How Exercise Can Help Diabetics
From feeling younger, more mobile, building muscle health, and especially to controlling your diabetes, exercising is better for your overall health. Exercise is known to lower blood sugar, blood pressure, and delay the effects of Type 2 Diabetes itself.1
Exercise helps you maintain your insulin health
Not only has exercise been shown to lower your blood sugar levels, it helps your body better deal with insulin sensitivity (hormone that helps your body control glucose). Moderate to regular exercise can help reduce visceral fat (fat in the belly area), which if you have excess, makes your body work even harder to use insulin properly. If you already have pre-existing insulin resistance conditions, exercise can help make it go down, thus helping you use glucose more effectively.2, 3
Improves Diabetes affected joint health
Excess glucose in the blood leads to inflammation, thus making some joints painful or stiff, leading to joint deterioration. Though you do not have to be overweight to develop Type 2 Diabetes, many who are diabetic are overweight, and that excess weight causes strain on joints too.
Any routine regime of physical activity increases blood flow, getting oxygen and nutrients where they are needed, reducing pain and improving function in the extremities. With less pain everywhere else, you can do more activities, enjoy life, improve mood, better sleep, and manage stress.2, 3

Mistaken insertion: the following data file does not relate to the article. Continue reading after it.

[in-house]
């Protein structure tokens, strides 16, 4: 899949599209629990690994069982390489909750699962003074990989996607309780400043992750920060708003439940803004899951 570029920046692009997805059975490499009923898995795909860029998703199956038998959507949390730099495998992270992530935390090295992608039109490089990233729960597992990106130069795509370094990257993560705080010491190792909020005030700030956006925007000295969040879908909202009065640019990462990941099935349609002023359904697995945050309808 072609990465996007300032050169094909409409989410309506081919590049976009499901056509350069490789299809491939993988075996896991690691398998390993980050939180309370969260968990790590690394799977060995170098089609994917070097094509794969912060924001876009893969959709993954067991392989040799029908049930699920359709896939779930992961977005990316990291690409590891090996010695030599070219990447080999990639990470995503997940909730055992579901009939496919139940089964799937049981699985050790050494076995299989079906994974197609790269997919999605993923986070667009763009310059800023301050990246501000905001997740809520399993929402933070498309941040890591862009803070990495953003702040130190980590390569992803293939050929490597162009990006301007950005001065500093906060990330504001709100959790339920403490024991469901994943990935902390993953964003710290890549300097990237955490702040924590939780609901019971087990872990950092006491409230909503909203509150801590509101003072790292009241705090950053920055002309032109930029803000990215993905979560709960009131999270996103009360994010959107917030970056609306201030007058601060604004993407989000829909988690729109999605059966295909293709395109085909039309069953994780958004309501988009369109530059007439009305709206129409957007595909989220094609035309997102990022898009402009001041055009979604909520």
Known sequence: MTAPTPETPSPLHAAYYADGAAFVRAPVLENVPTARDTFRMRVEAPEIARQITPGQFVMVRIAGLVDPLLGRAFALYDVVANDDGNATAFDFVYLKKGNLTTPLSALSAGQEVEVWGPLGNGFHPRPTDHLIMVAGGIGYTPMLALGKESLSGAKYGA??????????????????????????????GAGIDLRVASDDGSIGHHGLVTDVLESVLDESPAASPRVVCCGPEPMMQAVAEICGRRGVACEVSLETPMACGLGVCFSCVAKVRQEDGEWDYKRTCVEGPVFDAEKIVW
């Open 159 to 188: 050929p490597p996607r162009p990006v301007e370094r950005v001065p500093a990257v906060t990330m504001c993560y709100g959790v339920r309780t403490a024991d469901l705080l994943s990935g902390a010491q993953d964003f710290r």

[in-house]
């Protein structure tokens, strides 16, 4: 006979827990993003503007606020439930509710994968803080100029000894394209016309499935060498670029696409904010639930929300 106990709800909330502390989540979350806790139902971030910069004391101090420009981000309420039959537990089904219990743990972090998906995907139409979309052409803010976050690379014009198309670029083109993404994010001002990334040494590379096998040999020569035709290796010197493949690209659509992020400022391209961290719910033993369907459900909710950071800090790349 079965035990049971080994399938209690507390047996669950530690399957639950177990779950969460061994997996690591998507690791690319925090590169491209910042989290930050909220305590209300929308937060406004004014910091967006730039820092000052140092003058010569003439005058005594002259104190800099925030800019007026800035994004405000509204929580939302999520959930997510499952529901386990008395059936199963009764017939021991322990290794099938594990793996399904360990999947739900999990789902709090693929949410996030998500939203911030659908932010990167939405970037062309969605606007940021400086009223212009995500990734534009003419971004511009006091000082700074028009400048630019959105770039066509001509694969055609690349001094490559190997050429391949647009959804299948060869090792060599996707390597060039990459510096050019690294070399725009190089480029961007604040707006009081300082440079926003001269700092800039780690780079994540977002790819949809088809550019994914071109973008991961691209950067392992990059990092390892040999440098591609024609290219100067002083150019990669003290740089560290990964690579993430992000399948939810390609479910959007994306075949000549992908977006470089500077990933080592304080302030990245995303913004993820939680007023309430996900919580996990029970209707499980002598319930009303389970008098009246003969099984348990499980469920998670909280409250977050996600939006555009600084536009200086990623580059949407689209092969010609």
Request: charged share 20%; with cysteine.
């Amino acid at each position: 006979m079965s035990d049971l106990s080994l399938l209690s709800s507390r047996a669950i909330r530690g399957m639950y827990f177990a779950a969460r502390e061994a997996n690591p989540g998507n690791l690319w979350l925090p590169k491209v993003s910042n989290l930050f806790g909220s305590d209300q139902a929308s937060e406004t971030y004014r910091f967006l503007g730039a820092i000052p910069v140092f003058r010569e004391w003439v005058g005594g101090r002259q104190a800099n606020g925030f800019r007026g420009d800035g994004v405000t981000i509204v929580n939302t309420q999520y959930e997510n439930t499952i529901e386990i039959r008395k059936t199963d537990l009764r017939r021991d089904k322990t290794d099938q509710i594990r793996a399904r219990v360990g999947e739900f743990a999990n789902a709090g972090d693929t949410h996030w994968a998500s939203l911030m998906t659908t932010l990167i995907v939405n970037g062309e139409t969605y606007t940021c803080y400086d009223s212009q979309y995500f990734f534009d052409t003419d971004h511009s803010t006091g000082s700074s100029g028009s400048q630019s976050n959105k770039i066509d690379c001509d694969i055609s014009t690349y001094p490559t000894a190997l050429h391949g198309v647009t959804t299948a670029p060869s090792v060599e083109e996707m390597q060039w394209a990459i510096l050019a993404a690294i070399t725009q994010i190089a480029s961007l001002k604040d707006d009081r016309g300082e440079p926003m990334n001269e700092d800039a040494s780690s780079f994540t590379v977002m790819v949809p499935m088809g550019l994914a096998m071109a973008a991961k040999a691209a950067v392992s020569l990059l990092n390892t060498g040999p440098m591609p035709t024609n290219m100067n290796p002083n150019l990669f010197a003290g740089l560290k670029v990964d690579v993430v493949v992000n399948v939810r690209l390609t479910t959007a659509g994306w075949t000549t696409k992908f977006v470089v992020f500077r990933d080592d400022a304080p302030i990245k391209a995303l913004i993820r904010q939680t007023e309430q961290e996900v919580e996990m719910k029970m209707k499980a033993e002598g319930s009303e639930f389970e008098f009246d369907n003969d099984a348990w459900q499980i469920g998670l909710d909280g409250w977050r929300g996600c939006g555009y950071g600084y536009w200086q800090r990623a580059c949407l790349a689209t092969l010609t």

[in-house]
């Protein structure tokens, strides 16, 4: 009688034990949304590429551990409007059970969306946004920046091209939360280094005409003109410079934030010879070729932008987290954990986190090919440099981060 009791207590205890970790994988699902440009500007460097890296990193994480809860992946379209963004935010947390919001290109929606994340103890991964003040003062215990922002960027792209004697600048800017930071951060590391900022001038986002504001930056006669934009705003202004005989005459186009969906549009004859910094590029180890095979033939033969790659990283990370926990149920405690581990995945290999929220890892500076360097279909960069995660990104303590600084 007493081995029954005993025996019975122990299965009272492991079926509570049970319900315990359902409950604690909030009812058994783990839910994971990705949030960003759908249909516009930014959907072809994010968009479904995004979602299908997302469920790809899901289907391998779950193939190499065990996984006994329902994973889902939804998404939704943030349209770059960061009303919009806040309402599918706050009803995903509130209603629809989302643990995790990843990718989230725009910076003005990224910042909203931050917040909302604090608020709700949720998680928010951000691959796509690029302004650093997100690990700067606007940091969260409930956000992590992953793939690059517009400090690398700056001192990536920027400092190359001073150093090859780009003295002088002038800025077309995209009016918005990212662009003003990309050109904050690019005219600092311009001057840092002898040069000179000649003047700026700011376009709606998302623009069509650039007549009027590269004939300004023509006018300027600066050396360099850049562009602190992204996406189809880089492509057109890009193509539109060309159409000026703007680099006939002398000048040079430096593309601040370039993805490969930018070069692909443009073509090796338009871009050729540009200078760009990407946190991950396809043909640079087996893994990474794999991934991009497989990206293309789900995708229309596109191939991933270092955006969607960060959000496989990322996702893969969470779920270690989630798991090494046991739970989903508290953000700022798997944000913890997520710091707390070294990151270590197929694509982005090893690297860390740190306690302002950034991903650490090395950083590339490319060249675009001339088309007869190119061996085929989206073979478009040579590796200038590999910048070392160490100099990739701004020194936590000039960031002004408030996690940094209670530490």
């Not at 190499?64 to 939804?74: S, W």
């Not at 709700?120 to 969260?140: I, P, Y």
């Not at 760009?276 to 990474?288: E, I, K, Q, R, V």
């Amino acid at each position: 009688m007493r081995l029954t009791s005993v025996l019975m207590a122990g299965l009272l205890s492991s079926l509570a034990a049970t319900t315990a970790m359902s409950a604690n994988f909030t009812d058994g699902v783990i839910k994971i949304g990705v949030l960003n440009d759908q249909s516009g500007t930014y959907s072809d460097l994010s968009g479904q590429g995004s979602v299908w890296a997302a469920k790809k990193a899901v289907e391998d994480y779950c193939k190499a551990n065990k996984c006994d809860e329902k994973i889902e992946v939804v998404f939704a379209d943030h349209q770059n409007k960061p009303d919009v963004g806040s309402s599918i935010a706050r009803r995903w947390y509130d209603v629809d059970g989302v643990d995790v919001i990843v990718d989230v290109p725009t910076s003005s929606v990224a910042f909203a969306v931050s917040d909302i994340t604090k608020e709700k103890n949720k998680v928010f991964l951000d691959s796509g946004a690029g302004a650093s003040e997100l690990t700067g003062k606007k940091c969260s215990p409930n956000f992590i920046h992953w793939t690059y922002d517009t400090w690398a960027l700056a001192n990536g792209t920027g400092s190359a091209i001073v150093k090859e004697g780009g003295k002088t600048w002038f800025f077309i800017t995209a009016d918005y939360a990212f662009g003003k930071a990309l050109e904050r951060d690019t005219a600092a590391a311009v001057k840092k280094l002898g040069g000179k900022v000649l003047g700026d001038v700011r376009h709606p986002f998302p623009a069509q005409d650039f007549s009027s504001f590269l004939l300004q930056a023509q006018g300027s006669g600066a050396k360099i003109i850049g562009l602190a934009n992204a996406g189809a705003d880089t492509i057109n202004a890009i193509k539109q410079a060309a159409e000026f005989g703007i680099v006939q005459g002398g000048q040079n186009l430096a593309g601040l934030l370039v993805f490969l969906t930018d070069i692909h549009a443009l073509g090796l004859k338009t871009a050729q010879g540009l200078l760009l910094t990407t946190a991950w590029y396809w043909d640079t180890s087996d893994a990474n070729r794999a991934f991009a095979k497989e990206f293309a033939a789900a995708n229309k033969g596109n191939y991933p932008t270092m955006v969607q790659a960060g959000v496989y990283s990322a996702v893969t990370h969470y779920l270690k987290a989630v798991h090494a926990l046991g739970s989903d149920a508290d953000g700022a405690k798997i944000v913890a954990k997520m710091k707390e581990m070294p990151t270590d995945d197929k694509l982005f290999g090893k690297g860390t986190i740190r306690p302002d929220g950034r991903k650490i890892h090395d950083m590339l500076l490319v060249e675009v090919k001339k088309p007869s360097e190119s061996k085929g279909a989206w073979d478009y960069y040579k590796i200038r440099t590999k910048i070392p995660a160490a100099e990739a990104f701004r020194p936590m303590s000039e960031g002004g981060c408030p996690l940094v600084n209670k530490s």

How to get started and tips to take note
- Consult a medical professional first to see you do not have any underlying conditions that could be made worse. It is also to make sure what level of blood sugar is healthy for you.
- There is such a thing as a blood sugar crash by working out too much. Carry nutrient dense snacks for emergencies and find ways to keep a record of blood glucose levels before and after workout.
- Make a list of fun things to do. Here you can explore routines and things you can try with company to make your workouts more fun.
- Do not jump into a workout program because you feel like you have to, or you will most likely quit. Slow and steady pace and working up to a full program helps you stick with it and reduce injuries or aches or pains that would otherwise stop you from continuing.
- Like getting the proper nutrition to maintain your blood glucose, variety is also key when exercising. Include a mix of aerobics, classic jogging, swimming, yoga, and even lifting weights, which are known to be the most effective types of activities for diabetics.
- Don’t let physical activities finish at working out and stop doing any resemblance of physical activity after. The calories you burn here and thereafter by choosing to keep active throughout your regular day will help further maintain a healthy blood glucose.
If you need extra help in controlling your diabetes with food, look for nutritional supplements with low GI (Glycemic Index, a scale of 0 to 100, the higher the number the quicker it raises your blood sugar). A wide range of Glucerna products have been specifically designed to support the dietary needs of diabetics and help manage to control their blood glucose level. Formulated with low-digested carbohydrates with 35 essential nutrients, it helps to control blood glucose from spiking, keeping one full longer.4